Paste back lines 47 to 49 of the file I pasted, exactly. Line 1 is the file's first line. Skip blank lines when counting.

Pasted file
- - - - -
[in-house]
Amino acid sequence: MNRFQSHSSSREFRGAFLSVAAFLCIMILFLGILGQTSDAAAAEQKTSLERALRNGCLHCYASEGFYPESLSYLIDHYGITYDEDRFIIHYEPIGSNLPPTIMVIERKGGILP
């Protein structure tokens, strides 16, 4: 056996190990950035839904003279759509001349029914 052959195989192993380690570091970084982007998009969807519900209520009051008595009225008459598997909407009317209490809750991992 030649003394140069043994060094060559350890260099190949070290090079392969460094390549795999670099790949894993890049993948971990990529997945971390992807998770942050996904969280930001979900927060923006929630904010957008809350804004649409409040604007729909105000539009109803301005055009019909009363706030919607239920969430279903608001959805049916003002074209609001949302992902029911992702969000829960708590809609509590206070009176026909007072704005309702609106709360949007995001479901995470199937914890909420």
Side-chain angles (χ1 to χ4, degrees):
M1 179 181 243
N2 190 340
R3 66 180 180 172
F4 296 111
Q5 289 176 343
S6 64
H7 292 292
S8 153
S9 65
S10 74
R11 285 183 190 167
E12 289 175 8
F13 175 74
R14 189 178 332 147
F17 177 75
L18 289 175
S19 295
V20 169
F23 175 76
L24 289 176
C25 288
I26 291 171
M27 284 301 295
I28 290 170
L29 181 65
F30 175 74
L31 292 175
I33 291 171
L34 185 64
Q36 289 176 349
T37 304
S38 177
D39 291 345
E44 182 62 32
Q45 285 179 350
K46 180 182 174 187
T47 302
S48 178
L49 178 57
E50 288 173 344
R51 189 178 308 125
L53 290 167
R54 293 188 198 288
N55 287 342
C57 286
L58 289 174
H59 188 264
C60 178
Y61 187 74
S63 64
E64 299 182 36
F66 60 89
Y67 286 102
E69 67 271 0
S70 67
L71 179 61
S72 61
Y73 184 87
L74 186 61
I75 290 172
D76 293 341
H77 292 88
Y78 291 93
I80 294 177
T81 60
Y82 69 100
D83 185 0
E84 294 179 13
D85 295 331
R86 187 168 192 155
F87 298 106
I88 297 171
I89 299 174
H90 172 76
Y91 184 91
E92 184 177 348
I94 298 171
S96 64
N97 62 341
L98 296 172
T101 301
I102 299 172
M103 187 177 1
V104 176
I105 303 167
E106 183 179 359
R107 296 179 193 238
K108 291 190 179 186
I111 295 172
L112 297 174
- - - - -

R54 293 188 198 288
N55 287 342
C57 286